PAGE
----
No one can expect their workplace to be completely free of office politics, interpersonal disagreements, or any of the other things that unfortunately accompany working with other people. You can expect, however, that your workplace will not become a hostile work environment.
Often, when people focus on the impact of discrimination, they look at the direct impact that mistreatment in the workplace has on an employee. While these challenges are significant and we have covered many on our blog, it is important to realize that the consequences of discrimination in the workplace often disrupt the lives of many other people. For example, when someone is discriminated against at their job, there are a variety of ways in which their spouse and even children are likely to suffer as well.
You probably already know that the Whistleblower Protection Act of 1989 prohibits your employer from retaliating against you if you discover other employees engaging in illegal acts and report these activities to your superiors and/or to the Equal Employment Opportunity Commission. As you might expect, however, retaliatory acts can take a variety of forms. Consequently, the EEOC explains that both federal law and the U.S. Supreme Court maintain ever-growing lists of prohibited actions, called adverse employment actions, that no employer can take against you should you become a whistleblower.
When it occurs, workplace discrimination can come as quite a shock to employees in California. When people go to work each day, they probably don't expect to be the victim of another person's prejudices. However, the sad reality is that discrimination still occurs in the workplace.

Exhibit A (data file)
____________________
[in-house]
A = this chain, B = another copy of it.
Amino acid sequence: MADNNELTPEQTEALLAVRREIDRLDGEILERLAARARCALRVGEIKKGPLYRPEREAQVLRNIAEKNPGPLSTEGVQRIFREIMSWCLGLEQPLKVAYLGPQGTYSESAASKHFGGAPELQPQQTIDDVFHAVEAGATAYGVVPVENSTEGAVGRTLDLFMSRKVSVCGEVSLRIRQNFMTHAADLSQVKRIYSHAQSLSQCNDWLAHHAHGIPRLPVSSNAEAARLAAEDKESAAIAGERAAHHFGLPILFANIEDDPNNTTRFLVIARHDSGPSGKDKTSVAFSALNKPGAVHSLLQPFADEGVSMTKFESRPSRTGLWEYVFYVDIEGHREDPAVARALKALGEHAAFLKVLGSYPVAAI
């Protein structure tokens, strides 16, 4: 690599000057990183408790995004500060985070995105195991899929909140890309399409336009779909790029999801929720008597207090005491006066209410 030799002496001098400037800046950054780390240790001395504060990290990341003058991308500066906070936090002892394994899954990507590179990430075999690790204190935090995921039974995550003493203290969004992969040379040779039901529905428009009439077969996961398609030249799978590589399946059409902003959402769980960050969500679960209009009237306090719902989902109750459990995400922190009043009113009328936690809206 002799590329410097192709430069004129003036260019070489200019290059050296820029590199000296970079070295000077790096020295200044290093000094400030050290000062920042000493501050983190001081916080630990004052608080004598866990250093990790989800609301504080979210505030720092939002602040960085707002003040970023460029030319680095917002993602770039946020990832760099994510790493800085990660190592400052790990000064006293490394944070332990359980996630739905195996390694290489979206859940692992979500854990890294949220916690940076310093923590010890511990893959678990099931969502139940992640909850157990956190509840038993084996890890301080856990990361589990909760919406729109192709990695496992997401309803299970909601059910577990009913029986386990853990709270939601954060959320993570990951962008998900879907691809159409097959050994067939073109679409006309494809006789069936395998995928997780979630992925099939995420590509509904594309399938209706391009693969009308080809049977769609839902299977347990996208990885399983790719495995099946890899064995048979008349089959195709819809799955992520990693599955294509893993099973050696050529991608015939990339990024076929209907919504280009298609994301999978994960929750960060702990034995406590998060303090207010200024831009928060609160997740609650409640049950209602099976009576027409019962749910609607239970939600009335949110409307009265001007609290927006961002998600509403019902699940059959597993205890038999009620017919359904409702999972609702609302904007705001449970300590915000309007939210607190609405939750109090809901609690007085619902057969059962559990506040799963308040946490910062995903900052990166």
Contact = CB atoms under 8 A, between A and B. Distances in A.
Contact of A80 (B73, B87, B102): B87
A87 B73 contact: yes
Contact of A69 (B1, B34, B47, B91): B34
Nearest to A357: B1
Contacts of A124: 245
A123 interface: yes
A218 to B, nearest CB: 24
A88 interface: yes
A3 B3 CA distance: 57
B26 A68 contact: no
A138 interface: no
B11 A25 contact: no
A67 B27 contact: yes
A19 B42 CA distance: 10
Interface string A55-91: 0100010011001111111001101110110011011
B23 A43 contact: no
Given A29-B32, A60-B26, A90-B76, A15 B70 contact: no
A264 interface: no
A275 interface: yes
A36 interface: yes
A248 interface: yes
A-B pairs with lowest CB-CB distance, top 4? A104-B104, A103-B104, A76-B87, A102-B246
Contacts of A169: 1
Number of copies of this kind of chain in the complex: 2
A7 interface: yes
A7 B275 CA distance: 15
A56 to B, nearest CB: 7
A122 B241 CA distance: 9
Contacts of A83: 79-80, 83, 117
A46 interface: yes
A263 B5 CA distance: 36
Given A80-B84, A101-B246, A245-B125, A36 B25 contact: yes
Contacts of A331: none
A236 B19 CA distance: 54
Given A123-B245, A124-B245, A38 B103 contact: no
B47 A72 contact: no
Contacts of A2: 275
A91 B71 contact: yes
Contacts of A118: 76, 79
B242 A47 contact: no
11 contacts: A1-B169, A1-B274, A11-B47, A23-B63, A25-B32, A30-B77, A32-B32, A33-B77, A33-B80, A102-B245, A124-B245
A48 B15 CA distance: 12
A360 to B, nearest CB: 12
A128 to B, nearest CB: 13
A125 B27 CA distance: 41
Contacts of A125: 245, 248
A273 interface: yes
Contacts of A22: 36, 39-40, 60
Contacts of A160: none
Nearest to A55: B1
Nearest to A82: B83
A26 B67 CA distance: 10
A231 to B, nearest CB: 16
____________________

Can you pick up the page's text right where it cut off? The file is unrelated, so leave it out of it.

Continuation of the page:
Many of our previous posts here have discussed specific instances of workplace discrimination that have occurred in California. It is, unfortunately, a fact of life that discrimination still occurs in the workplace on any given day.
Many of our readers in California know that state and federal laws exist that protect workers from discrimination in the workplace, but some do not know how to tell if those laws actually apply to them, or to any potentially discriminatory conduct they may have encountered in the workplace. Knowing those basics can help California workers protect their rights.
It is a sad reality that discrimination in the workplace still exists in today's society. Unfortunately, we are all used to seeing news stories about workplace discrimination with far too much frequency.
Discrimination in the workplace can take many forms, including age discrimination. Older workers in California, rather than being respected for their experience and knowledge may find themselves being passed up for promotions, ridiculed for their age or even forced into early retirement simply due to their age. This is age discrimination, and it is against federal and state law.
California law provides protection against workplace discrimination of various kinds. Protected classes include race, gender, national origin, ancestry, sexual orientation, gender identity, gender expression and military or veteran status. Another major protected class, and the subject of this blog post, is religion. This blog post will describe the prohibition against religious discrimination in a little more detail.
California law protects workers from many kinds of unfair discrimination in the workplace. Employers cannot discriminate on the basis of race, national origin, religion, sexual orientation, gender, gender expression, gender identity, age and a number of other factors. As we talked about last month, California law also protects workers with disabilities from unfair discrimination.